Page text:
Head For The Hills is a Colorado-based four-piece consisting of Adam Kinghorn (guitar), Joe Lessard (violin), Matt Loewen (bass) and Sam Parks (mandolin); vocals are shared between them. Their music is best described as contemporary Americana-or bluegrass-styled original song, and I’d guess the band members are jointly or severally responsible for the writing (tho’ curiously the package doesn’t credit any of the material). The songs look at the darker side of the human condition, especially love and life for sure, yet the musical settings are predominantly uptempo and comparably bouncy in the nature of straightahead bluegrass.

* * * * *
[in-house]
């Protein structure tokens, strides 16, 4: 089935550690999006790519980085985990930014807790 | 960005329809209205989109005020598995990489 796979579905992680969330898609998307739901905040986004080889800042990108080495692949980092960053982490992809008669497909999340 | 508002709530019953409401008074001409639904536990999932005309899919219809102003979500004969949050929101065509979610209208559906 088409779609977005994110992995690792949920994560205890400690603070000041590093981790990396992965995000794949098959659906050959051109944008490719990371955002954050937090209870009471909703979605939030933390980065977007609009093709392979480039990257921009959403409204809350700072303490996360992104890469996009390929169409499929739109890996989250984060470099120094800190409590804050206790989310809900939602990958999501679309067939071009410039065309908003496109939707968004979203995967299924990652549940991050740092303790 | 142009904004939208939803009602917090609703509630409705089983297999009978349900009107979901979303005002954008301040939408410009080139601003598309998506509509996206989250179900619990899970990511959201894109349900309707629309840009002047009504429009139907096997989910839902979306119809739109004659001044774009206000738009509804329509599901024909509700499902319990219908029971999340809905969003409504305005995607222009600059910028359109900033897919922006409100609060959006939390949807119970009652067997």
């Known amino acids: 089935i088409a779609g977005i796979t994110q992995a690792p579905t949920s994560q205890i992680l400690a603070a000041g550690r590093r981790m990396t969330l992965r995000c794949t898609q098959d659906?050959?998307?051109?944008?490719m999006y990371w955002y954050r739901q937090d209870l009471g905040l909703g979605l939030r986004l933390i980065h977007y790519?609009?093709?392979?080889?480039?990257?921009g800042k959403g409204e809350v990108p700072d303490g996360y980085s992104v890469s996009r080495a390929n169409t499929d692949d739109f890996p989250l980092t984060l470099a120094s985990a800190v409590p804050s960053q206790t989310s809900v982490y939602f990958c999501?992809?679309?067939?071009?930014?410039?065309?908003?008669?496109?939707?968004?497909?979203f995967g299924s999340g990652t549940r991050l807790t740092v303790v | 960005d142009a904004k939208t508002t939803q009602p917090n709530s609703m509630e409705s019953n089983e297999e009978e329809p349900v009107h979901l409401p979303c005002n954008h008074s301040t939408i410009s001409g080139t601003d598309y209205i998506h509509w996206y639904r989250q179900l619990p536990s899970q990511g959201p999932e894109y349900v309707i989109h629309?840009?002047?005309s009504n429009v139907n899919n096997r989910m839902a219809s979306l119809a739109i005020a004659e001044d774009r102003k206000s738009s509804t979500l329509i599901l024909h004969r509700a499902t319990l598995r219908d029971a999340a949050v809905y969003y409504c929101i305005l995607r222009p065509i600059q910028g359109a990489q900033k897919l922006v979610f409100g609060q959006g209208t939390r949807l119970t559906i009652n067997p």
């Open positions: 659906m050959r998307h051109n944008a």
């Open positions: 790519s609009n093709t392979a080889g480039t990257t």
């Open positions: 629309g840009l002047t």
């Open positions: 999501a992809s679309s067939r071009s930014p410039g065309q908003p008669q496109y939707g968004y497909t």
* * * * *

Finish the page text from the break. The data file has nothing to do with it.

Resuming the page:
Picking and scraping is authentic and solid, if largely unflashy, and the overall impression is that of a confident outfit who play well together and who are comfortable with their chosen idiom. I learn from the press sheet that Potions And Poisons is the band’s fourth album of original music, which kinda bears out that feeling. What’s strange, however, is that after one playthrough the tracks which made the most impact on me were the two breezy instrumentals Floodwaters and Bucker, both of which clock in at under three minutes and just do the business (as it were), taking the runs and fills naturally then quiting the stage. The songs themselves – with the exception of Kings And Cowards, of which more below – mostly seem either to overstay their welcome (too repetitive) or else come out too word-conscious, for reasons I can’t quite hit on; and yet the guys’ soloing is both concise and relevant in the context of the songs. And for all the band sticks with the bluegrass/Americana model, there’s occasional moments of oddball adventure – for instance, halfway through opening track Afraid Of The Dark, there’s an abrupt tempo change into ¾ time and a snip of reverse-tracking before the original structure reappears. Several tracks inhabit a melody groove or line that feels aimless in its structural context – I kinda expect more. So Telling Me Lies is a refreshing departure – a jaunty mid-tempo swinger that comes straight out of a late-night Hot Club gypsy-jazz session (and features guest washboard from Bonnie Paine of fellow-Colorado-ers Elephant Revival – she then sticks around to sing a duet vocal on the following track, Kings And Cowards, which also brings a viola and cello into the texture and comes out as another of the album’s most memorable cuts). Yeah, there’s some impressively interesting playing on the album (Sam’s mando generally, and Joe’s sweeping embellishments on the title song, for instance), but I can’t altogether escape a feeling of only half registering melodies and lyrics for at least some of the timespan of this record.
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